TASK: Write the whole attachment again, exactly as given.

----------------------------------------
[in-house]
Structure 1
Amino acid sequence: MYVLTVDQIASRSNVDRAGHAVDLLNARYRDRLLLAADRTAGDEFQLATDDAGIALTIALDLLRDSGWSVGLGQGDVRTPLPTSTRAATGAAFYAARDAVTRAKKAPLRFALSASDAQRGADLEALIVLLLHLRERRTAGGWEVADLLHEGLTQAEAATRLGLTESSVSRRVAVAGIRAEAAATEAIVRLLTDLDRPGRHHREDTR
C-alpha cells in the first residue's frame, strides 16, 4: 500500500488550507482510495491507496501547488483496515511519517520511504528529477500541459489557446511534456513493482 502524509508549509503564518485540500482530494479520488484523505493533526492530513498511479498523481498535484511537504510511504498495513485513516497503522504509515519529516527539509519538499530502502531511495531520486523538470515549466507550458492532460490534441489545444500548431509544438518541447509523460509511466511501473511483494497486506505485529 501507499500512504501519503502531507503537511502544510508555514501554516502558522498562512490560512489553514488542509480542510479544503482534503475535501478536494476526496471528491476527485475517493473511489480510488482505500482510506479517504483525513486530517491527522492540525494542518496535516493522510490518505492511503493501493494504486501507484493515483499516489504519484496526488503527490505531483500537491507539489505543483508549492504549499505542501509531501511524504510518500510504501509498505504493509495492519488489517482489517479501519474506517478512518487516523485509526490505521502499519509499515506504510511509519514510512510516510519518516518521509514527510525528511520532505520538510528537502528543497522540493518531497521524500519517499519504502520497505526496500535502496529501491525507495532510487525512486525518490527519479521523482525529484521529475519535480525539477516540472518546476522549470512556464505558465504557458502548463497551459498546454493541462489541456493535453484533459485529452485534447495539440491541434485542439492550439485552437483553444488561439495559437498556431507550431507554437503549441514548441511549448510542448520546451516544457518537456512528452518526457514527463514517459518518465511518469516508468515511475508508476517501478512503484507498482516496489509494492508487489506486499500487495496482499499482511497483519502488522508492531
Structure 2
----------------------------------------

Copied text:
[in-house]
Structure 1
Amino acid sequence: MYVLTVDQIASRSNVDRAGHAVDLLNARYRDRLLLAADRTAGDEFQLATDDAGIALTIALDLLRDSGWSVGLGQGDVRTPLPTSTRAATGAAFYAARDAVTRAKKAPLRFALSASDAQRGADLEALIVLLLHLRERRTAGGWEVADLLHEGLTQAEAATRLGLTESSVSRRVAVAGIRAEAAATEAIVRLLTDLDRPGRHHREDTR
C-alpha cells in the first residue's frame, strides 16, 4: 500500500488550507482510495491507496501547488483496515511519517520511504528529477500541459489557446511534456513493482 502524509508549509503564518485540500482530494479520488484523505493533526492530513498511479498523481498535484511537504510511504498495513485513516497503522504509515519529516527539509519538499530502502531511495531520486523538470515549466507550458492532460490534441489545444500548431509544438518541447509523460509511466511501473511483494497486506505485529 501507499500512504501519503502531507503537511502544510508555514501554516502558522498562512490560512489553514488542509480542510479544503482534503475535501478536494476526496471528491476527485475517493473511489480510488482505500482510506479517504483525513486530517491527522492540525494542518496535516493522510490518505492511503493501493494504486501507484493515483499516489504519484496526488503527490505531483500537491507539489505543483508549492504549499505542501509531501511524504510518500510504501509498505504493509495492519488489517482489517479501519474506517478512518487516523485509526490505521502499519509499515506504510511509519514510512510516510519518516518521509514527510525528511520532505520538510528537502528543497522540493518531497521524500519517499519504502520497505526496500535502496529501491525507495532510487525512486525518490527519479521523482525529484521529475519535480525539477516540472518546476522549470512556464505558465504557458502548463497551459498546454493541462489541456493535453484533459485529452485534447495539440491541434485542439492550439485552437483553444488561439495559437498556431507550431507554437503549441514548441511549448510542448520546451516544457518537456512528452518526457514527463514517459518518465511518469516508468515511475508508476517501478512503484507498482516496489509494492508487489506486499500487495496482499499482511497483519502488522508492531
Structure 2